Agency Assignment StudyEdit
A study was performed to understand how agency assignment in health communication flyers affects the reader in terms of susceptibility and threat severity.
New Study Brings to Light the Power of Language in Health CommunicationEdit
In recent news, a new study into how the language in health communication materials such as flyers has brought enlightening information about how the actual words themselves affect the reader's perception of the condition and themselves. This is particularly important for those writing health communication pamphlets, flyers and other materials that are targeted towards informing and motivating young adults about health threats and ways to avoid them.
The term Agency Assignment is defined as “the ascription of action or change to one or more entities involved in the event”. (Bell, Dragojevic & McGlone, 2014) Agency Assignment occurs in communication whether it is intentional or not. In the initial investigation and in the present study, the researchers focused on human agency and threat agency. Human agency assigns responsibility to humans where threat agency assigns it to the threat itself. Human agency uses phrases like "Humans contract E.Coli" while threat or bacteria agency use phrases like "E.Coli infects humans".(Bell, Dragojevic & McGlone, 2014)
The initial investigation was performed during the height of the pandemic resulting from the H1N1 virus. The researchers wanted to explore the reactions of young adults in reference to printed materials about the virus. They created materials using both human agency and threat agency. The result was there was a significant increase in perceptions of threat severity, susceptibility, response efficacy and vaccine intentions when threat agency language was used.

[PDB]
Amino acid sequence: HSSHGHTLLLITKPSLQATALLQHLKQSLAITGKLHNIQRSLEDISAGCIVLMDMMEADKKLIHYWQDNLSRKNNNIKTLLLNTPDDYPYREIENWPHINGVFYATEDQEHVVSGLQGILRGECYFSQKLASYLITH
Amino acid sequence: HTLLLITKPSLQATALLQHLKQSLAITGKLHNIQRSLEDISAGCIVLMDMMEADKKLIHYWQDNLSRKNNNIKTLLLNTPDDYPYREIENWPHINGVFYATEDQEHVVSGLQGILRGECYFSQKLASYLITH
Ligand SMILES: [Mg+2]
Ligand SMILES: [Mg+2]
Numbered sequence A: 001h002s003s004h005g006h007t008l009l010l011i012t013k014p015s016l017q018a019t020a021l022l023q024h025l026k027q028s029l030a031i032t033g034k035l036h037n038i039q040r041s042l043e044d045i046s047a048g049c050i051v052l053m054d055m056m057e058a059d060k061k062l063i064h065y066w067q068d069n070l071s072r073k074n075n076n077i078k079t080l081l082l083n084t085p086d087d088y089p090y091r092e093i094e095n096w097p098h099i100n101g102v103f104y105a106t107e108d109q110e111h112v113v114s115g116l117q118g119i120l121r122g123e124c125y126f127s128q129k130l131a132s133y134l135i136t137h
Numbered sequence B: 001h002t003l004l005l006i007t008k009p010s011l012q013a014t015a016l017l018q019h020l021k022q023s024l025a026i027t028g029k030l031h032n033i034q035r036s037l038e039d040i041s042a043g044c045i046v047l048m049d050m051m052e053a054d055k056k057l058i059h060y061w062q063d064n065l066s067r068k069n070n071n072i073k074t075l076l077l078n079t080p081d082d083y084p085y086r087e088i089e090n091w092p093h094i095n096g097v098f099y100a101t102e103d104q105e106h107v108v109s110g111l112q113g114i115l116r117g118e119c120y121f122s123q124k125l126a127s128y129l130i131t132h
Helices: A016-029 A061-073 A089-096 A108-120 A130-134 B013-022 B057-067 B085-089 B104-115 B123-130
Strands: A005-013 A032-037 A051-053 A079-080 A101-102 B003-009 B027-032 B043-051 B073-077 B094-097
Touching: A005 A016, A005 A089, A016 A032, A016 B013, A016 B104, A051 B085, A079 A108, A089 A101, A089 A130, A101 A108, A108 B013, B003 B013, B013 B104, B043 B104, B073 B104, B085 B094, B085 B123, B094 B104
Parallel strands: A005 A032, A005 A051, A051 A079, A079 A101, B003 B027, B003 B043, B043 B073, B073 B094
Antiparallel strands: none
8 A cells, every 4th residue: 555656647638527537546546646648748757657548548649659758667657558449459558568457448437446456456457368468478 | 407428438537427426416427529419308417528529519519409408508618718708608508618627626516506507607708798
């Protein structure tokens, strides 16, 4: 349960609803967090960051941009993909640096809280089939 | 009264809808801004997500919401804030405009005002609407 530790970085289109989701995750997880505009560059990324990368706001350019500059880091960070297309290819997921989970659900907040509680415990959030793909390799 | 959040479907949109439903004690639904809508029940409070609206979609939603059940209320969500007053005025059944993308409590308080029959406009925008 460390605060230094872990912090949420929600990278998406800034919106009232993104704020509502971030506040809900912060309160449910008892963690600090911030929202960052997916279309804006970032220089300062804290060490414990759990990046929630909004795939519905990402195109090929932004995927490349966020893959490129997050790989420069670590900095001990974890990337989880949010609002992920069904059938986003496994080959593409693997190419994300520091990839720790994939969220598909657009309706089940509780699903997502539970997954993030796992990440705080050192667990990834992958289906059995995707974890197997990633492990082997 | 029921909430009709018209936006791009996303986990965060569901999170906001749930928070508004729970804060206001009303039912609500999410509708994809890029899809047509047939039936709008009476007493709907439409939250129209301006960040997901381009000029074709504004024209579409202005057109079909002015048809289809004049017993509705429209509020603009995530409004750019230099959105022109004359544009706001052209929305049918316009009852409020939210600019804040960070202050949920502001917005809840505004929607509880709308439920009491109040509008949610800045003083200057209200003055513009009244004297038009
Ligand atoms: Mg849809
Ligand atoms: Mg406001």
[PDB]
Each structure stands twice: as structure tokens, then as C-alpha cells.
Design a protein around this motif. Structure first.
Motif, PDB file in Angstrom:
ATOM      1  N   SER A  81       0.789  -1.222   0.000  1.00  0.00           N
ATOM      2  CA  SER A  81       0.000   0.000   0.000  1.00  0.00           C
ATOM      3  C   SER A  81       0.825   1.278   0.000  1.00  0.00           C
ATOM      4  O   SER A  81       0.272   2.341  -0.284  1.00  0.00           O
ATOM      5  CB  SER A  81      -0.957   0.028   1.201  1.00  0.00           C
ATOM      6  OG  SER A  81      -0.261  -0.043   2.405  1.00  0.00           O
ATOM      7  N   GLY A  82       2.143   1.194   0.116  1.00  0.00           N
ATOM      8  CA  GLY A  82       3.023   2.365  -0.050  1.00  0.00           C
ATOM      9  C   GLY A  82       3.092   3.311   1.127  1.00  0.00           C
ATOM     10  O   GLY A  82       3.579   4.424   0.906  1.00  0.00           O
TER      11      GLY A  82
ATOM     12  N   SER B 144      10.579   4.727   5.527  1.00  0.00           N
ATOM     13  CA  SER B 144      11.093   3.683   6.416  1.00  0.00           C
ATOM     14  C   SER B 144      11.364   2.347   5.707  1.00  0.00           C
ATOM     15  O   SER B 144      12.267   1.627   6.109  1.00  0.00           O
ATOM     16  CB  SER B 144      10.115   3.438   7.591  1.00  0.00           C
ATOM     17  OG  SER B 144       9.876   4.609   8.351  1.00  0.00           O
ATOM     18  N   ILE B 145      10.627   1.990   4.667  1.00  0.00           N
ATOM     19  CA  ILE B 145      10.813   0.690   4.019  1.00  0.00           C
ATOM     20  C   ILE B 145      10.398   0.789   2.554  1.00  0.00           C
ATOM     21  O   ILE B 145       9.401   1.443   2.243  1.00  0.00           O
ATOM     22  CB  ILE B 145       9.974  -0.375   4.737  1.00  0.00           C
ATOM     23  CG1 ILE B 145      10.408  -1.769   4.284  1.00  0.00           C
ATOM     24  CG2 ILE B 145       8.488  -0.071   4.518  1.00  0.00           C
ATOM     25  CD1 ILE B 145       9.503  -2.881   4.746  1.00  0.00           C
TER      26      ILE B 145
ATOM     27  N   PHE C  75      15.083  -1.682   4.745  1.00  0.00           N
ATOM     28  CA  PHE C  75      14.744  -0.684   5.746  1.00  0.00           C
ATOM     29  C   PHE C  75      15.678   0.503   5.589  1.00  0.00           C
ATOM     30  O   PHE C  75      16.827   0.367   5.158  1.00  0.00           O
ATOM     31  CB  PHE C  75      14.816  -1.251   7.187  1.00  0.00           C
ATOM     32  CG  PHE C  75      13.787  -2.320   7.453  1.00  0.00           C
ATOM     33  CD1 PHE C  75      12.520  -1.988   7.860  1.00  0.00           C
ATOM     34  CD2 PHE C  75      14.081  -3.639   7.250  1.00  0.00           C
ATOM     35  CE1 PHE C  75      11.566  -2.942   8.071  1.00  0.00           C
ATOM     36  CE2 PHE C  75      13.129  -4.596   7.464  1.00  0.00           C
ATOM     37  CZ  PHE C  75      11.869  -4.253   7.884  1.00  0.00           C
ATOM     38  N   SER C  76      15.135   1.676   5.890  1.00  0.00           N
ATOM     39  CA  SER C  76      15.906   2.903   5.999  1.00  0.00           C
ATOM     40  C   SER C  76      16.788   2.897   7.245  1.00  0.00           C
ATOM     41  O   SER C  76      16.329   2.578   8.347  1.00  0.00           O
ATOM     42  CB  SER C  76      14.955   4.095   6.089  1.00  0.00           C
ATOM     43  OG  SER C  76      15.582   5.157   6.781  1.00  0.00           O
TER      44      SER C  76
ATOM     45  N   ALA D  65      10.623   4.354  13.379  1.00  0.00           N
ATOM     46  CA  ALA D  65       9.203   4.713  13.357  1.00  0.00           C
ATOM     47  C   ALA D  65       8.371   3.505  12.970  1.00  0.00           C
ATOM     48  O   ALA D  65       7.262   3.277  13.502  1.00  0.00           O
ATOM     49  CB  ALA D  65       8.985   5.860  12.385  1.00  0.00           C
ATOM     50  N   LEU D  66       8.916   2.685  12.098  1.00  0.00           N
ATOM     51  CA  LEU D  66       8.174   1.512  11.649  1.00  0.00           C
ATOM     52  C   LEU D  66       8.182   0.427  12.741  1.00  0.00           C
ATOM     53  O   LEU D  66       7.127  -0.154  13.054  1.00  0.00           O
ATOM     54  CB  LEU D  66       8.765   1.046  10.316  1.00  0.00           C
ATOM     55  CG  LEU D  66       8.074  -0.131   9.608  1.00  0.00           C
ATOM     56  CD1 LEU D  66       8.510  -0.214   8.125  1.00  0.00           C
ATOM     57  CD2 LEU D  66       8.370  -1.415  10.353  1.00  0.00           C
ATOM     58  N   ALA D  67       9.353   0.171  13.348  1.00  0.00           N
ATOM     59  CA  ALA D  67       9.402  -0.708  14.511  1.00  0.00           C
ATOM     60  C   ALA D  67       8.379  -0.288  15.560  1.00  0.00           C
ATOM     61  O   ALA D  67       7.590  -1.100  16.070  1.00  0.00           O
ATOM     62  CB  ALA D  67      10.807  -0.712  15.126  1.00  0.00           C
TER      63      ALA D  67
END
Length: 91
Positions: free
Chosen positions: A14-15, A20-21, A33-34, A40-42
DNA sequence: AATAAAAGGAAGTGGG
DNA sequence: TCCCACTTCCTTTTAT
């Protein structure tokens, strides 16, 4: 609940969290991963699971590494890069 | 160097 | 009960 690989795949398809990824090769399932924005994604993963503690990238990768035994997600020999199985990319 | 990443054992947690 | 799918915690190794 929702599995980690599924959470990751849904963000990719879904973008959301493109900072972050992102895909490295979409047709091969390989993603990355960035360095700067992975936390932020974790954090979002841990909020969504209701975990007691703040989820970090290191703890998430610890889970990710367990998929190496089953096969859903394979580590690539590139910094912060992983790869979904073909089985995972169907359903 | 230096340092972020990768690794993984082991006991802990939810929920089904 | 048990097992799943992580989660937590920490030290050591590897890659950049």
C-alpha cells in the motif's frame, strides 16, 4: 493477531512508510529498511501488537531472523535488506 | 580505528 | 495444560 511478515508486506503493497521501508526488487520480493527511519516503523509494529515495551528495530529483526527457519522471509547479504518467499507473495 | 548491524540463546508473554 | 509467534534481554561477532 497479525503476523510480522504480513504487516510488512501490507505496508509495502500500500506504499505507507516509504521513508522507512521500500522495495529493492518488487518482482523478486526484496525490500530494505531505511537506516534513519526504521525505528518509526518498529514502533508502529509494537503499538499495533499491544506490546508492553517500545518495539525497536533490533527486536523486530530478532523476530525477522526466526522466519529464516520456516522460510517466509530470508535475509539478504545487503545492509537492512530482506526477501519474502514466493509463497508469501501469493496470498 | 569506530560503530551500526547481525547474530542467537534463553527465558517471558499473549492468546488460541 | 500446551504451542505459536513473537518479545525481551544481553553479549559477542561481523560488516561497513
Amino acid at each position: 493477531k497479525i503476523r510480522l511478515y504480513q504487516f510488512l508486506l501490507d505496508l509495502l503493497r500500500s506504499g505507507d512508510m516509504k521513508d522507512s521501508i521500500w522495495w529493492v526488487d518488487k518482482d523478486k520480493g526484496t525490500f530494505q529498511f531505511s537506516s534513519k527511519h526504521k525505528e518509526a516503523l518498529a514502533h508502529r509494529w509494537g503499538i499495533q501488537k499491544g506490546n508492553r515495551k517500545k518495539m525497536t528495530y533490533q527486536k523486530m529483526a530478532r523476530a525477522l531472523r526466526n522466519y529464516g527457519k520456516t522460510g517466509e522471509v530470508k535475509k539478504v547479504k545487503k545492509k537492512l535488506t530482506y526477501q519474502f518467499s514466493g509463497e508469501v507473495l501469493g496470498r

In the present study, the researchers used four bacteria known to harm humans: Shiga toxin-producing E. Coli, Necrotizing fasciitis, Salmonellosis, and Carbapenem-resistant Klebsiella pneumonia. Two flyers were created for each bacteria using human agency and bacteria agency language. Data was collected from 719 participants, who responded to a post on Mechanical Turk, an online platform.
The majority of the participants were young adult women.
The 719 participants were required to view the flyer given to them and then answer a series of questions about it. Each question was used to determine the relationship between agency assignment and perceptions of susceptibility, severity, self efficacy, and fear arousal.
Self Efficacy is defined as the person's belief that they can manage their health successfully. People with high self efficacy are more likely to have a healthy lifestyle and take action about their health than those with low self efficacy. (du Pre, 2010) This is important because a part of this study was done to see how the agency assignment affected the reader's response to the recommendations for prevention. The level of the reader's self efficacy, high or low, could affect the reader's response to the recommendations rather than just the agency assignment with in the text. A significant effect on fear arousal and self efficacy due to the agency assignment was not found in this research experiment. Further research is needed to determine what effects language can have on self efficacy when the recommendations to prevent disease provided on the materials are not proven effective.
However, the findings of the study showed that perceived susceptibility was higher when the bacteria agency language used in comparison to human agency language. The participants also described the bacteria as being a more severe health threat when bacteria agency language was used. This shows that the words that we use in the creation of health communication materials does have an effect on the type of response the reader will have though further research is needed.
Bell, A. B., Dragojevic, M., & McGlone, M. S. (2014). Bacteria as bullies:Effects of linguistic agency assignment in health message. Journal of Health Communication, 19(3), 340-358.
DuPré, A. (2010). Communicating about health: Current issues and perspectives (3rd ed.). New York: Oxford University Press.